An unemployed university drop-out, jailed for running a dark web business selling illegal drugs, has been ordered to hand over more than £490,000 in bitcoin.
After he was jailed for over five years in 2019, officers at the National Crime Agency continued to investigate his finances.
At a recent confiscation hearing at Liverpool Crown Court, HHJ Teague QC ordered White to repay £493,550.00 from his bitcoin holdings. All electronic items used by White in commission of the offences were also forfeited.
White, who left his accounting degree at Liverpool John Moores University after a single term, was an administrator of Silk Road. But within a month of its shutdown by the FBI, he launched Silk Road 2.0.
Like the original site, it used technology to allow users to anonymously buy and sell class A and B drugs, computer hacking tools and other illegal goods, using the digital currency bitcoin.
When officers examined his electronic devices after his arrest, they also discovered a stash of horrific child sex abuse images.
He pleaded guilty to drug trafficking, money laundering and making 464 category A indecent images of children, and was jailed for five years and four months.
Tyrone Surgeon, Branch Commander at the National Crime Agency, said:
“Thomas White was a well-regarded member of the original Silk Road hierarchy. He used this to his advantage when the original site was closed down and profited significantly from his criminal activity.
“This case proves that crime doesn’t pay – not only has he spent the last two years in prison, he now has to hand over nearly £500,000.
“This has been a complex, international investigation and highlights that we will use every tool at our disposal to disrupt organised criminals from profiting from their crime.”
Twenty-four people have been arrested in the UK in one of the largest ever international operations targeting a criminal dark web marketplace.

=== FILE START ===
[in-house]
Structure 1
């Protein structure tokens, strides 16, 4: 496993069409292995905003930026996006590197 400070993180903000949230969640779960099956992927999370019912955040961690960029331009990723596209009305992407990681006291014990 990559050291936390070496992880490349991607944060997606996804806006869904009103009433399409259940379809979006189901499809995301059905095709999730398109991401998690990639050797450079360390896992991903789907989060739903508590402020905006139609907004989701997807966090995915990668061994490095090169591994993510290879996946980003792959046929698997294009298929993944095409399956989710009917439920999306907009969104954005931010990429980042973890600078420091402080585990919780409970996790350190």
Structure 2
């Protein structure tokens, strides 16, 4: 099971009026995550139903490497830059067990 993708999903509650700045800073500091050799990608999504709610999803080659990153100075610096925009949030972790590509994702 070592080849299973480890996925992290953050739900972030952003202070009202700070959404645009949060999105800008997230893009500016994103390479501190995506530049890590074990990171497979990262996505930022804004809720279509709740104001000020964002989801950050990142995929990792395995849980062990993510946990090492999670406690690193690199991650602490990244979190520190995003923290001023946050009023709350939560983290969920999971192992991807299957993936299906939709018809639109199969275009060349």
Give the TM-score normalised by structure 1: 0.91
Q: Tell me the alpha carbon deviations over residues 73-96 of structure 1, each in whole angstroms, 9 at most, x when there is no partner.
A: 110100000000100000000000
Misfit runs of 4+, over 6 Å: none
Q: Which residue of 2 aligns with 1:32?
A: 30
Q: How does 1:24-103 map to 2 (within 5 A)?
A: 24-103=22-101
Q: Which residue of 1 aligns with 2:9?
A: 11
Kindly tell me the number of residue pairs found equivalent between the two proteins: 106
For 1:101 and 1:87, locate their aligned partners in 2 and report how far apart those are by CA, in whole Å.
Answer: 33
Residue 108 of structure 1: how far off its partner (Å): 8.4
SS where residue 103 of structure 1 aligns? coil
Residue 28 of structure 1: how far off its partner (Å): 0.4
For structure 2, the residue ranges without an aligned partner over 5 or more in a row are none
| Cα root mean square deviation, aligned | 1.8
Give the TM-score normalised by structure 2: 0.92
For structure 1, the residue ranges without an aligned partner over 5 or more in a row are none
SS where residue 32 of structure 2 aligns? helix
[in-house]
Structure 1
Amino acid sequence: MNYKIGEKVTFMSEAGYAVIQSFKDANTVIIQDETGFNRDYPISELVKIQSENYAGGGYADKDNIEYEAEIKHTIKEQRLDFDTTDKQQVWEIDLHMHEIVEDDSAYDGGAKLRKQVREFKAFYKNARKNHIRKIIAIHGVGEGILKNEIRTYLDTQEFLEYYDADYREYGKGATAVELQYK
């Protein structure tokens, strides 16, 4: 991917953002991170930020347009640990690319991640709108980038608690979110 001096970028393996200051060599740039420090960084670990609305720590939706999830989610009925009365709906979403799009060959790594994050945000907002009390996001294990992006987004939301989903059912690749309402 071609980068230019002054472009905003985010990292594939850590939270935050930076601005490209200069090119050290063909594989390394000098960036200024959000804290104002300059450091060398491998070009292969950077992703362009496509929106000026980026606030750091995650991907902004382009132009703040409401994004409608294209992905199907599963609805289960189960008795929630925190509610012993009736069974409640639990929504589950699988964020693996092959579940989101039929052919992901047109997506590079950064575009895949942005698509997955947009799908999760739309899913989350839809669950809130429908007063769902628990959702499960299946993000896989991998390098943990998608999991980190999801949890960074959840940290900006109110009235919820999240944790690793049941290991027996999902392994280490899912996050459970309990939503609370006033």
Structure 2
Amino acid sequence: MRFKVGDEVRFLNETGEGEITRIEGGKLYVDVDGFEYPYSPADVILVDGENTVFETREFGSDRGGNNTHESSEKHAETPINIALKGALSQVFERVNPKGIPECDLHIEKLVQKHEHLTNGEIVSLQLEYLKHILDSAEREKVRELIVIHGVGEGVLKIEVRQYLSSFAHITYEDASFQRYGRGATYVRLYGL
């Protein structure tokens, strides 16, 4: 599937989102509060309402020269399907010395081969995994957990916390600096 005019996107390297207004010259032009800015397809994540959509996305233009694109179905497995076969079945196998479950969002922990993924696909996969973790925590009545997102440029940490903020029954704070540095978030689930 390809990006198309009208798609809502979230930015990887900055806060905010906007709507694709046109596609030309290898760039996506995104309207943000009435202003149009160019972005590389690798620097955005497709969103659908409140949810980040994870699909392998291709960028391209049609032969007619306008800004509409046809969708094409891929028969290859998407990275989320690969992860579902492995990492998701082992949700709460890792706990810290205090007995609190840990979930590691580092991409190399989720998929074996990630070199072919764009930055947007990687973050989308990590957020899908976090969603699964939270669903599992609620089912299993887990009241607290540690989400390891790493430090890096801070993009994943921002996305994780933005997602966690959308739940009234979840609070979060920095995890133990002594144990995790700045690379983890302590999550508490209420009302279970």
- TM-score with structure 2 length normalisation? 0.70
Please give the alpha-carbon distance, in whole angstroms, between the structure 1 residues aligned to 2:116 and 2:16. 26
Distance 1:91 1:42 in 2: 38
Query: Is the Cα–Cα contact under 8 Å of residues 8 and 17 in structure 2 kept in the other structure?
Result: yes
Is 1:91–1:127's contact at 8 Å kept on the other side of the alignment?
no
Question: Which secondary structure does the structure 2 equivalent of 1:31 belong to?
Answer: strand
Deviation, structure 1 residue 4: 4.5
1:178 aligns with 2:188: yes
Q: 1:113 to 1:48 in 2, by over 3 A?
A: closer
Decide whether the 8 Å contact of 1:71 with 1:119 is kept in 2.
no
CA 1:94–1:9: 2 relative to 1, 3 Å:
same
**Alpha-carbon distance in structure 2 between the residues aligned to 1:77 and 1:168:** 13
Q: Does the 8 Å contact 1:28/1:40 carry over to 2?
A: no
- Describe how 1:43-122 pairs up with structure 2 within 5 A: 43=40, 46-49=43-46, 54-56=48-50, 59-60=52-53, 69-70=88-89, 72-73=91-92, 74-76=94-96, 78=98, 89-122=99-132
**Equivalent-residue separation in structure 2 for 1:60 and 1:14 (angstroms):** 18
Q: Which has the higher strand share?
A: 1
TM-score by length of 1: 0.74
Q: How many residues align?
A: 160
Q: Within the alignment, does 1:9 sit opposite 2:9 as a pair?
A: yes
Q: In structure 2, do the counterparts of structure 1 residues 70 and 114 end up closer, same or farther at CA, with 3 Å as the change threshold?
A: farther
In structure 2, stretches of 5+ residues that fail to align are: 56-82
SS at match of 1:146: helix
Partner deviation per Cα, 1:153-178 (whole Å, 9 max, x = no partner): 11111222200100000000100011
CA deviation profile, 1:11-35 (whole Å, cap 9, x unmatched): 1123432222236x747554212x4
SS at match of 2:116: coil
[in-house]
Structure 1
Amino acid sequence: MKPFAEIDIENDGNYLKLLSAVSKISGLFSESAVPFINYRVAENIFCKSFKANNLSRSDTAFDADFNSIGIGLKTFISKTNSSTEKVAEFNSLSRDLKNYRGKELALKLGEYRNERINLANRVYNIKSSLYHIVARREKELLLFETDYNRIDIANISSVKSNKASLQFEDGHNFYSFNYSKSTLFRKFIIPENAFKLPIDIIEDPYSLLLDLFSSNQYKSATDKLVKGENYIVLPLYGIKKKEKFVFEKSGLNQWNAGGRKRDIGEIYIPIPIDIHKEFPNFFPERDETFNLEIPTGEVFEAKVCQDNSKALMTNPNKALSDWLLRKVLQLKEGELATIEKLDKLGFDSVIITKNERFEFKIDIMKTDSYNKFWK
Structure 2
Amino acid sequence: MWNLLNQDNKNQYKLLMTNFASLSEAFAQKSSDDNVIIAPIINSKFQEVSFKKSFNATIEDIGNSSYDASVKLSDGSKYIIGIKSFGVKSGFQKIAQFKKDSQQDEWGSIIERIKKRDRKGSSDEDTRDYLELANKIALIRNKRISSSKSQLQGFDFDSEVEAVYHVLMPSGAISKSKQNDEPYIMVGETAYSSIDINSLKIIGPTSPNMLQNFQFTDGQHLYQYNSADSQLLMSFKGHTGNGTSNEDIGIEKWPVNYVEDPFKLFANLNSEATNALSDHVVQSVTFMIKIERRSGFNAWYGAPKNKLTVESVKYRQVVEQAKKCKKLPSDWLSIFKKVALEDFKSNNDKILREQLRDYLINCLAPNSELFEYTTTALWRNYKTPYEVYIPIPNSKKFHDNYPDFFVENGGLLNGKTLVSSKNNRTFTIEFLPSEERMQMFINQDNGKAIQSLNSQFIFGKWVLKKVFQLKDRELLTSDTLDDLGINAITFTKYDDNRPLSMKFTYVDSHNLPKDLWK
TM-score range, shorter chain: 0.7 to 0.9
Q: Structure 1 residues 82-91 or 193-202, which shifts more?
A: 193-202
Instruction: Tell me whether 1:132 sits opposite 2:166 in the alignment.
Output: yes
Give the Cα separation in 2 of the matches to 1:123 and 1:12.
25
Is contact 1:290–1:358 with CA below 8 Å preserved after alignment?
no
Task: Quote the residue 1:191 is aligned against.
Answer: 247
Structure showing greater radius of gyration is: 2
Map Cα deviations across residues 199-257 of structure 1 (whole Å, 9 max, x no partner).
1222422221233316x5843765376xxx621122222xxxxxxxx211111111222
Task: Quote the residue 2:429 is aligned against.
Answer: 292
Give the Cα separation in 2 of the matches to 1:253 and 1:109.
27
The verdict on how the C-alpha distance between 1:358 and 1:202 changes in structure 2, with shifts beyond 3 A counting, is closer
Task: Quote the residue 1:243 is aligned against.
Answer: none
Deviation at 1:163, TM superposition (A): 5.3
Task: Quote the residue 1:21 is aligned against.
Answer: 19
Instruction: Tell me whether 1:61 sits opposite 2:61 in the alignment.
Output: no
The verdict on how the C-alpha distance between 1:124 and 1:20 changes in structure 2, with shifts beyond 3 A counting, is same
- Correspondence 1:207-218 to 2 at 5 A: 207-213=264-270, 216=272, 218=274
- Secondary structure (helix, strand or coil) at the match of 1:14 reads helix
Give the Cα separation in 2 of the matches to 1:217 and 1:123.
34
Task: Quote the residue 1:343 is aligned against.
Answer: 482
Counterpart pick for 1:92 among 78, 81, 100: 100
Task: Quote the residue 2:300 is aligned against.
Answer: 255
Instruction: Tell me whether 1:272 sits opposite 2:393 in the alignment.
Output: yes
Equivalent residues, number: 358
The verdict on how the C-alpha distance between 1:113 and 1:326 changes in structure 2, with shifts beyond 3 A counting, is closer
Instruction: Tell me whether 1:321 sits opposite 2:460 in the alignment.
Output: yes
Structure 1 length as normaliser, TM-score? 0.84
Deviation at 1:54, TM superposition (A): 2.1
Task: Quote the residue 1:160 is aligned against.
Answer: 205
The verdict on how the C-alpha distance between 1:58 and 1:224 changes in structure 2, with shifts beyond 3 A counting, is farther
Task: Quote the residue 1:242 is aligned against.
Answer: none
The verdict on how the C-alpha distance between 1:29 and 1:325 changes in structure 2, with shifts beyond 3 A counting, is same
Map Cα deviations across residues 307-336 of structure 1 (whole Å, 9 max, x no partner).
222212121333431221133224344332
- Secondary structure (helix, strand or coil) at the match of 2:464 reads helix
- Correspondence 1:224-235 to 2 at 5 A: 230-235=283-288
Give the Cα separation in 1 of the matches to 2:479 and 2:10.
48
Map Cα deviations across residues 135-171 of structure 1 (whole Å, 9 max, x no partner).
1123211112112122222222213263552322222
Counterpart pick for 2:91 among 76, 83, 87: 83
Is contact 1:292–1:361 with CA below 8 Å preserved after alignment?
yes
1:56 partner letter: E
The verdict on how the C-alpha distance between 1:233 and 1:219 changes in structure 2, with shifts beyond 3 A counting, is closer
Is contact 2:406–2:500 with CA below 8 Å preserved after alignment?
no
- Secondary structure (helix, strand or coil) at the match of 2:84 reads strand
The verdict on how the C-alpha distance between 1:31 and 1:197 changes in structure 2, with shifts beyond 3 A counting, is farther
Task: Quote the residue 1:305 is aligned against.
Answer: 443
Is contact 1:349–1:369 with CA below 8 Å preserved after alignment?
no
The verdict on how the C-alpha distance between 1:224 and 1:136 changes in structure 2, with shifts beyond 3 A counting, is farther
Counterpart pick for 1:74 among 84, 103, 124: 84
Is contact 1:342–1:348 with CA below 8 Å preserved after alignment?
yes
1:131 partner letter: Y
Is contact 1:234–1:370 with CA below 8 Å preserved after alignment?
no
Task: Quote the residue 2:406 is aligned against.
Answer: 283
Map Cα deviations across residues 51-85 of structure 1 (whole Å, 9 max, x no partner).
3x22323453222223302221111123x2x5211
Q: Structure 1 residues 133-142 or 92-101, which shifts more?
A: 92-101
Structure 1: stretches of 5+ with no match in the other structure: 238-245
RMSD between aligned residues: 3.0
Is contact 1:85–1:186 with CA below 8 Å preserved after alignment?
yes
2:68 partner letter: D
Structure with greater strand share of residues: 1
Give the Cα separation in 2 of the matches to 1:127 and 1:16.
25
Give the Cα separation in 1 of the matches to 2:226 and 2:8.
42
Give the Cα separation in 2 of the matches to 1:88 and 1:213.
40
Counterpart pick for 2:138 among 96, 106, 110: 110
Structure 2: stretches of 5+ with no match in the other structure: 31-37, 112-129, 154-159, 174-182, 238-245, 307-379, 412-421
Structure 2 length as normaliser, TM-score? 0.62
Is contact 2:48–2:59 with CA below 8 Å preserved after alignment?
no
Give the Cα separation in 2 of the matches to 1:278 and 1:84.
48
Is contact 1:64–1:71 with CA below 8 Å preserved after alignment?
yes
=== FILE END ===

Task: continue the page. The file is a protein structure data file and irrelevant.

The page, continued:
Operational activity over the last six months – coordinated by the National Crime Agency in collaboration with UK policing partners – also resulted in the seizure of over £220,000 in suspected criminal cash and bitcoin, and more than 50 kilos of cocaine, MDMA, cannabis, methamphetamine and ketamine.
The operation, known as Dark HunTOR, began when German authorities arrested the marketplace’s alleged operator earlier this year and gained access to the wider criminal infrastructure. This enabled officers to share intelligence packages with law enforcement agencies around the world on the site’s vendors and buyers.
Countries including Australia, Bulgaria, France, Germany, Italy, the Netherlands, Switzerland and the United States were involved, with international coordination efforts led by Europol and Eurojust.
So far, the wider investigation has resulted in 150 alleged suspects being arrested, more than €26.7 million (USD 31 million) cash and virtual currency seized, 234kg of drugs and 45 firearms. The seized drugs include 152 kg of amphetamine, 27 kg of opioids and over 25,000 ecstasy pills.
Officers from the Dark Web Intelligence, Collection and Exploitation team (DICE) – a joint unit comprising experts from the NCA and policing – analysed the UK data and identified the criminal dealers assessed to present the highest risk.
Intelligence was then passed to Regional Dark Web Operations Teams – based within Regional Organised Crime Units and the Metropolitan Police Service – who arrested the individuals on suspicion of selling criminal goods on the dark web.
Damian Barrow, Senior NCA Manager in the Dark Web Intelligence Collection and Exploitation team, said:
“The individuals we have targeted who are supplying drugs via the dark web are ultimately preying on the vulnerable and destroying communities.
“This operation shows that those who try to use the dark web to anonymously commit crimes can be identified and will be tracked down.
“We would like to thank all partners involved in this operation, particularly Europol and Eurojust, and police forces and ROCUs across the UK.”
The National Cybercrime Programme lead for the Darkweb, Phil Donnelly, added:
“This successful operation shows the impact law enforcement is having on the criminal use of the dark web and encrypted platforms. The joint working of UK DICE, alongside our European partners, is allowing us to understand and identify offenders who are using technology to try and hide their criminal enterprises and bring them to justice.”
Europol’s Deputy Executive Director of Operations, Jean-Philippe Lecouffe, said: “The point of operations such as the one today is to put criminals operating on the dark web on notice: the law enforcement community has the means and global partnerships to unmask them and hold them accountable for their illegal activities, even in areas of the dark web.”